Should Daniil Medvedev hire super coach Marat Safin? - UBITENNIS
Connect with us

ATP

Should Daniil Medvedev hire super coach Marat Safin?

Could a potential partnership with Marat Safin help Daniil Medvedev in the future?

Published

on

Daniil Medvedev (@WeAreTennis - Twitter)

World number two Daniil Medvedev is enjoying a very good week in Miami.

In fact, he is one win away from securing the world number one ranking once again.

Victory tonight against defending champion Hubert Hurkacz, will mean that Medvedev will kick off April next week, in pole position going into the third Masters event of the year, in Monte Carlo.

Which ironically, is home for the 26-year-old Russian.

This week he has blown away the likes of former world number one, Britain’s Andy Murray in straight sets.

As well as Spain’s Pedro Martinez and American Jenson Brooksby, and is yet to drop a set.

It’s safe to say Medvedev has been in inspired form.

And why? He looks motivated to claim back what he sees as rightfully his…the world number one name tag.

As well as the fact that the reigning US Open champion knows that he underperformed in California, after going down in three sets to Gaël Monfils.

But how can he improve?

Well, Medvedev is seen by some as incredibly strong on hard-courts but weak on the likes of clay and grass.

If he is to improve on these surfaces, he’s going to need a mentor.

https://twitter.com/FirstServeTnnis/status/1508502775143055366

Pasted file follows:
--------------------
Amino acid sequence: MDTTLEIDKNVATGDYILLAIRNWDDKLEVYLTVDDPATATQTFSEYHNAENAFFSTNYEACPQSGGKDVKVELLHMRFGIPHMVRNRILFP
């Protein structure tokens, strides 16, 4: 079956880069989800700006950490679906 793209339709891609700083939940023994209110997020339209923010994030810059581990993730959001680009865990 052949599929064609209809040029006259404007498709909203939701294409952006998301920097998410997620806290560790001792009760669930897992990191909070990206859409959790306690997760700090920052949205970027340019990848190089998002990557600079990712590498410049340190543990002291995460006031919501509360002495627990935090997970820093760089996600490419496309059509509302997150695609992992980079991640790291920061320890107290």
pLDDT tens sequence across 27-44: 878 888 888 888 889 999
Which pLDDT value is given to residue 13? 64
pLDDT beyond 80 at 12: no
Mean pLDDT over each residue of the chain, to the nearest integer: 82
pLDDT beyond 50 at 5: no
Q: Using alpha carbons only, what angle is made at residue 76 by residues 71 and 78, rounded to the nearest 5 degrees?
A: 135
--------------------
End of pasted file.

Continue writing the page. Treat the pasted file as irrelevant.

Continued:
Now, how awesome would it be if he recruited one of his idols in Marat Safin.

A former world number one, if anyone knows the kind of pressure Medvedev will face when the whole of the ATP Tour wants to beat you, it’s Safin.

Ironically, both players have appeared in a total of four Grand Slam finals.

They also share the similarity of both having won the US Open.

For Safin, his maiden Grand Slam victory came in New York way back in the year 2000 against home hope, Pete Sampras.

Think how hard a challenge that was for the then 20-year-old Russian.

But he had balls of steel to beat Sampras in his prime. A player who was world number one, riding high with seven Wimbledon titles and 13 Grand Slam titles to his name.

He would later go on to win his 14th and final major in 2002 at the US Open.

However, case and point is that Safin beat a player nine years his senior, and one of the best of all time, in his first ever Grand Slam final.

That shows how well Safin knows tennis and can handle nerves on the biggest stages in the world.

https://www.instagram.com/reel/Cbs_2iogoPH/

The only difference now is that he finished his career with two Grand Slams, and was therefore two for two in major finals.

Medvedev has won one, being last year’s US Open against Novak Djokovic and has lost the other three. Two against Rafael Nadal and another to Djokovic.

Like Safin, Medvedev also has a natural affinity for hard-courts.

Both have enjoyed success at the Australian Open and US Open. Medvedev with two final appearances at each. Safin with three Australian Open finals and one US Open.

Safin’s final Grand Slam title coming at the 2005 Australian Open, which was more or less the last time a man other than Roger Federer, Nadal or Djokovic would win a major over 15 years.